Explosion sets off fire outside Egypt’s Cairo airport, air movement unaffected

Security sources said the blast appeared to be at a structure used to store fuel. (Shutterstock)
Updated 13 July 2018
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Explosion sets off fire outside Egypt’s Cairo airport, air movement unaffected

CAIRO: An explosion ripped through fuel tanks near Egypt’s Cairo airport on Thursday evening, igniting a fire in the area, but the country’s civil aviation minister said air movement was unaffected.
The cause of the explosion was not immediately known.
Egyptian state television reported that firefighters had brought the fire under control. It said the tanks outside the airport perimeter belonged to a private company, which was not identified.
Regional television stations showed ambulances racing toward the scene.
Egypt is battling an Islamist militant insurgency that has carried out attacks, mainly in the remote Sinai Peninsula, where the army has been conducting a security operation since February.


Turkey in US talks to avoid ‘negative impact’ from Iran sanctions

Turkish President Tayyip Erdogan. (REUTERS)
Updated 5 min 42 sec ago
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Turkey in US talks to avoid ‘negative impact’ from Iran sanctions

  • Iran supplies Turkey with around one half of its crude oil imports and Iranian tourists are increasingly important for the Turkish market
  • Relations between Turkey and the US have already been strained after a Turkish banker who helped Iran evade US sanctions was convicted in the US in January

ANKARA: Turkey on Friday hosted an American delegation for talks to address concerns about the potential negative impact on its economy of the looming reimposition of US sanctions against Iran.
US President Donald Trump decided in May to abandon the 2015 deal agreed with other world powers on Iran’s nuclear program and reimpose nuclear-related sanctions against the country.
The sanctions, which will seek to bar foreign companies from doing business with Iran and block its oil sales abroad, have alarmed Turkey which has strong trade links with its neighbor and imports Iranian crude.
“Our relevant authorities are carrying out necessary work for Turkey not to be negatively impacted by the upcoming sanctions,” the Turkish Foreign Ministry said in a statement.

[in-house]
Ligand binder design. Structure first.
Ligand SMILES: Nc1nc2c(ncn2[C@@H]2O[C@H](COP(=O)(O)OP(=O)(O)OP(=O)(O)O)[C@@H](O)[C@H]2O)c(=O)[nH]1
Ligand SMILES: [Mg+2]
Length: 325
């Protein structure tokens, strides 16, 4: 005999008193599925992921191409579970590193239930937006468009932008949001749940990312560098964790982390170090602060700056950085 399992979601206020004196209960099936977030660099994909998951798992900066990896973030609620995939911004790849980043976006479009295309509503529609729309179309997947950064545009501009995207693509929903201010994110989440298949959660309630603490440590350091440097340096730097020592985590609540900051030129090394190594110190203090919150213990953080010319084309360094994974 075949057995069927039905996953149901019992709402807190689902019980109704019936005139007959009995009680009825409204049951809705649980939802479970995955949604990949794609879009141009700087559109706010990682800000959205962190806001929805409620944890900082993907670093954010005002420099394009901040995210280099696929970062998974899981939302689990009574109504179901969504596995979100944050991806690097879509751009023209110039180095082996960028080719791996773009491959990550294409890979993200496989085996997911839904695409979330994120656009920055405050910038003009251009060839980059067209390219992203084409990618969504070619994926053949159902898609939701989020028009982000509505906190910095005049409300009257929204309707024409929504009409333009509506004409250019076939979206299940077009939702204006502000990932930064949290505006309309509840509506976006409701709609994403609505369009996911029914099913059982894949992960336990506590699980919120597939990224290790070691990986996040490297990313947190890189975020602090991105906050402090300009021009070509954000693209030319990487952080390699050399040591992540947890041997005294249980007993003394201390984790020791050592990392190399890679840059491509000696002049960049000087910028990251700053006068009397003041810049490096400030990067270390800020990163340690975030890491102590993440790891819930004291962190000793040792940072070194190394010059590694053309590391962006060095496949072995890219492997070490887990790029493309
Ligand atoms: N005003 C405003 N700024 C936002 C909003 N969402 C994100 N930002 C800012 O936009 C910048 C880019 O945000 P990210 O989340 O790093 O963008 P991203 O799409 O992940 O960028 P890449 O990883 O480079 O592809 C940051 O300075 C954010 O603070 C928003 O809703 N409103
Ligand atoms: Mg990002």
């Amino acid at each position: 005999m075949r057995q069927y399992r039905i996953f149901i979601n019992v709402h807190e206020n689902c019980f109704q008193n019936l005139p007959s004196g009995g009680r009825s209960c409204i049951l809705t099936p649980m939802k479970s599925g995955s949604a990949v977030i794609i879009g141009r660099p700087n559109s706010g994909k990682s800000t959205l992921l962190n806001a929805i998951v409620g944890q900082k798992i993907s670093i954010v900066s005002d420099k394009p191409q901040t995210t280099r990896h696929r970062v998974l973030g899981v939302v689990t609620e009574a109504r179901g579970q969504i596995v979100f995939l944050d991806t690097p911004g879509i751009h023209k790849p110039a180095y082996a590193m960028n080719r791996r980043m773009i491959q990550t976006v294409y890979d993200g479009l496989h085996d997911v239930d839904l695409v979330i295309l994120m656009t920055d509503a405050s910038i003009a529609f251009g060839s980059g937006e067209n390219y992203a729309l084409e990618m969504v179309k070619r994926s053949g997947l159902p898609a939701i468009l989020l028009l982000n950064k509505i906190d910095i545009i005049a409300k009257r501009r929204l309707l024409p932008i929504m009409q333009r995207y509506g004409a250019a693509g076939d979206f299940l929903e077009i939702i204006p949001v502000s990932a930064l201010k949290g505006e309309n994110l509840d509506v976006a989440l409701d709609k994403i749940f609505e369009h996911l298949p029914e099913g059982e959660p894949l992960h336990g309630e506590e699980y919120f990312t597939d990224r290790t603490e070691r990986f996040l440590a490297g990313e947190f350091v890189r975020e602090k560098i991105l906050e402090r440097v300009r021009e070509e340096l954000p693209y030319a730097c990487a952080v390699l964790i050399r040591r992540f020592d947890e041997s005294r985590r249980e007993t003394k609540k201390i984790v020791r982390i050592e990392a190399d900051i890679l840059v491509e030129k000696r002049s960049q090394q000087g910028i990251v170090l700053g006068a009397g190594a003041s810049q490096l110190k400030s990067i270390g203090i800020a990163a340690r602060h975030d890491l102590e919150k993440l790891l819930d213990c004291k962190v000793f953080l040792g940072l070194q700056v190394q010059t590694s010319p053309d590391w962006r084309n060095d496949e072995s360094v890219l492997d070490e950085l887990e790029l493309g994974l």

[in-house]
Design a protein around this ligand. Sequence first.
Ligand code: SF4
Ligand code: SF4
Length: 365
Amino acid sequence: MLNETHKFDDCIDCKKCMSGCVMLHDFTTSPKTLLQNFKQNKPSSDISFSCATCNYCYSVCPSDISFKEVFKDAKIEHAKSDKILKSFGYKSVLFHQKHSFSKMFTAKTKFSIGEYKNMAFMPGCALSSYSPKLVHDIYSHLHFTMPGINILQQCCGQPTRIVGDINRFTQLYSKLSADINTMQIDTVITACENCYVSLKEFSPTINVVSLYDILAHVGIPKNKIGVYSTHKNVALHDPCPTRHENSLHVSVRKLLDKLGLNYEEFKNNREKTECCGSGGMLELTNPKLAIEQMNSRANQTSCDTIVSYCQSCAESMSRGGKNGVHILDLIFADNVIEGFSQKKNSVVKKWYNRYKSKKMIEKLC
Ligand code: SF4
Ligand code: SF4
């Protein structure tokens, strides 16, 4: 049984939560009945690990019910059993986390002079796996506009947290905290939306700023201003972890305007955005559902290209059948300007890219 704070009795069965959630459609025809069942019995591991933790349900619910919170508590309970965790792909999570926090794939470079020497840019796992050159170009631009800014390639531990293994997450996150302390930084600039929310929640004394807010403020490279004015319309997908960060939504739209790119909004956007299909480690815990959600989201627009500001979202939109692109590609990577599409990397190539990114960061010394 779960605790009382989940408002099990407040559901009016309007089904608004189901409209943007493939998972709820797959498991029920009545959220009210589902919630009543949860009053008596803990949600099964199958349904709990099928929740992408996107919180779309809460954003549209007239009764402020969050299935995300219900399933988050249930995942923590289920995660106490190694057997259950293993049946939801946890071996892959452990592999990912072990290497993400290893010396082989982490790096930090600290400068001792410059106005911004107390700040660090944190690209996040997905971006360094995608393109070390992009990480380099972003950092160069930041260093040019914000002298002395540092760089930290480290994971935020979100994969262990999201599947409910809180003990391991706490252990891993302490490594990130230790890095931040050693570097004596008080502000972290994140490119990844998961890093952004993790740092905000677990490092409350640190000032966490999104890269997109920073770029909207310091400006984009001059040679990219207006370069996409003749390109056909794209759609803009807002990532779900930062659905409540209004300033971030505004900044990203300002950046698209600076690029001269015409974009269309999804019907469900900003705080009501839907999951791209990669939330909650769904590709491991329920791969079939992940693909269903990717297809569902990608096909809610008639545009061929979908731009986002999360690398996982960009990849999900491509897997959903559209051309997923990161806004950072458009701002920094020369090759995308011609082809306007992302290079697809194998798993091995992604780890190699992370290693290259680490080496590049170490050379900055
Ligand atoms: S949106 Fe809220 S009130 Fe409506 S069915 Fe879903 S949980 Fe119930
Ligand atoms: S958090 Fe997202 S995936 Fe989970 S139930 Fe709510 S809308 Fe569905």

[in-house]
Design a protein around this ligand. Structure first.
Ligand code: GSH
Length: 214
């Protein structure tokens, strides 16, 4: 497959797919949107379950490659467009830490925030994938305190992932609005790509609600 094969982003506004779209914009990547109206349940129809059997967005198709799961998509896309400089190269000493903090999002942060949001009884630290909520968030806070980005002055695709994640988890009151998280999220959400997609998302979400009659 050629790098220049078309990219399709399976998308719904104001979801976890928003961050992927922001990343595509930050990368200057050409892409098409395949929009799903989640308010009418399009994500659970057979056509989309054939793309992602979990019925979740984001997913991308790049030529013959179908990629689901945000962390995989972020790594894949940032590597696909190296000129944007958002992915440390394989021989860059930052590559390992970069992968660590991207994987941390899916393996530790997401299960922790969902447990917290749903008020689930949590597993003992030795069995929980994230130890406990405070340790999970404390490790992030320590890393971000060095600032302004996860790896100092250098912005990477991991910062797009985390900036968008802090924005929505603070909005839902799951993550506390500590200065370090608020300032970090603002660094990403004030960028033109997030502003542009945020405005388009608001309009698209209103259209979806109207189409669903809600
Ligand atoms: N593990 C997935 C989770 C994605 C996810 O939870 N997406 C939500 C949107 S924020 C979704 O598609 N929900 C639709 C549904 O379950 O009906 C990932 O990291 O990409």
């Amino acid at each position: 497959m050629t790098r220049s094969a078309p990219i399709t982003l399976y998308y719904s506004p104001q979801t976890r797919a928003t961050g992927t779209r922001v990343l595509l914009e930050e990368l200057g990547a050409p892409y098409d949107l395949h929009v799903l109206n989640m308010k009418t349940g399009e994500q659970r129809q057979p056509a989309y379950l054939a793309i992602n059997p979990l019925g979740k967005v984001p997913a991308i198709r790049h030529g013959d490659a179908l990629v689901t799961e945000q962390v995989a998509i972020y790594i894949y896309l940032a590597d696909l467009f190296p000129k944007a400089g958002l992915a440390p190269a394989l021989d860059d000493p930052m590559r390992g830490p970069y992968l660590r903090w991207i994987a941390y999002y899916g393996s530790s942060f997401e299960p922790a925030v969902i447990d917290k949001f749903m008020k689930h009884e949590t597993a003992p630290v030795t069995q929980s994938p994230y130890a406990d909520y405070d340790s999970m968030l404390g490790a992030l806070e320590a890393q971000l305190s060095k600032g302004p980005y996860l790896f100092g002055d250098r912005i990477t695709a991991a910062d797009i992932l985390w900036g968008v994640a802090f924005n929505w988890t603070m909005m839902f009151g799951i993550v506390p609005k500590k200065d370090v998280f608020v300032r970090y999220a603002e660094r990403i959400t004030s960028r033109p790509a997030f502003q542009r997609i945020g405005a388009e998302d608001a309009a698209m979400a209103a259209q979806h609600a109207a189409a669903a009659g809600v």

“Within this framework, we had discussions with the US delegation visiting Turkey,” it said, without giving further details.
It added that “Iran is an important neighbor for Turkey, in view of both our bilateral economic and commercial relations as well as our energy imports.”
Turkish officials have vowed to continue trading with Iran despite the sanctions, which the former Economy Minister Nihat Zeybekci in May described as an “opportunity.”
Asking not to be named, a US official acknowledged that the sanctions were “a very important and potentially contentious issue between the two governments.”
He said the delegation had come “to make clear what the implications of our sanction legislation are, so there are no misunderstandings and confusion.”
“The earlier we have these high level talks ..., the less likely we are to wander into new areas of disagreement out of ignorance,” said the official.
Relations between Turkey and the US have already been strained after a Turkish banker who helped Iran evade US sanctions was convicted in the US in January.
Mehmet Haka Atilla was convicted after well-connected Turkish-Iranian businessman Reza Zarrab, arrested in the US in 2016, became a government witness and admitted involvement in a multi-billion-dollar gold-for-oil scheme to subvert US economic sanctions against Iran.
During his testimony, Zarrab implicated President Recep Tayyip Erdogan and other officials in the scheme.
In May, a Manhattan court sentenced Atilla to 32 months in jail.
Annual trade between Turkey and Iran is around $10 billion but Erdogan has expressed hope of raising it to $30 billion.
Iran supplies Turkey with around one half of its crude oil imports and Iranian tourists are increasingly important for the Turkish market.